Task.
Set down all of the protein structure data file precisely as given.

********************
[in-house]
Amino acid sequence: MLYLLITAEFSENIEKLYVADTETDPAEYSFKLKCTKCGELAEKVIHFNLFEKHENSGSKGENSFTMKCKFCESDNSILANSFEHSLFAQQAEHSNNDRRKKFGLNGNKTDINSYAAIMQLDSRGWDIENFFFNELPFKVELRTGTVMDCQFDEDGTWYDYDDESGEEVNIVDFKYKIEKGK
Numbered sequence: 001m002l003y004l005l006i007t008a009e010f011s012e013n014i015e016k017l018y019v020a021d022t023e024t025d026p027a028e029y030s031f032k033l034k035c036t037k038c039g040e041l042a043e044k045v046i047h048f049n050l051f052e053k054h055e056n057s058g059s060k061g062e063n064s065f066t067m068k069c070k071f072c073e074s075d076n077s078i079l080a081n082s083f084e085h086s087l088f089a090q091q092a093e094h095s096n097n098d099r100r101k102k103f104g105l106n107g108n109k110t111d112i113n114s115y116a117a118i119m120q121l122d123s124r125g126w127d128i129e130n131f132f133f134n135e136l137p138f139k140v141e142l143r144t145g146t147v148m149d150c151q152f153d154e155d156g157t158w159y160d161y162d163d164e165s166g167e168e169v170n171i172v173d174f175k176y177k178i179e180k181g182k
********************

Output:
[in-house]
Amino acid sequence: MLYLLITAEFSENIEKLYVADTETDPAEYSFKLKCTKCGELAEKVIHFNLFEKHENSGSKGENSFTMKCKFCESDNSILANSFEHSLFAQQAEHSNNDRRKKFGLNGNKTDINSYAAIMQLDSRGWDIENFFFNELPFKVELRTGTVMDCQFDEDGTWYDYDDESGEEVNIVDFKYKIEKGK
Numbered sequence: 001m002l003y004l005l006i007t008a009e010f011s012e013n014i015e016k017l018y019v020a021d022t023e024t025d026p027a028e029y030s031f032k033l034k035c036t037k038c039g040e041l042a043e044k045v046i047h048f049n050l051f052e053k054h055e056n057s058g059s060k061g062e063n064s065f066t067m068k069c070k071f072c073e074s075d076n077s078i079l080a081n082s083f084e085h086s087l088f089a090q091q092a093e094h095s096n097n098d099r100r101k102k103f104g105l106n107g108n109k110t111d112i113n114s115y116a117a118i119m120q121l122d123s124r125g126w127d128i129e130n131f132f133f134n135e136l137p138f139k140v141e142l143r144t145g146t147v148m149d150c151q152f153d154e155d156g157t158w159y160d161y162d163d164e165s166g167e168e169v170n171i172v173d174f175k176y177k178i179e180k181g182k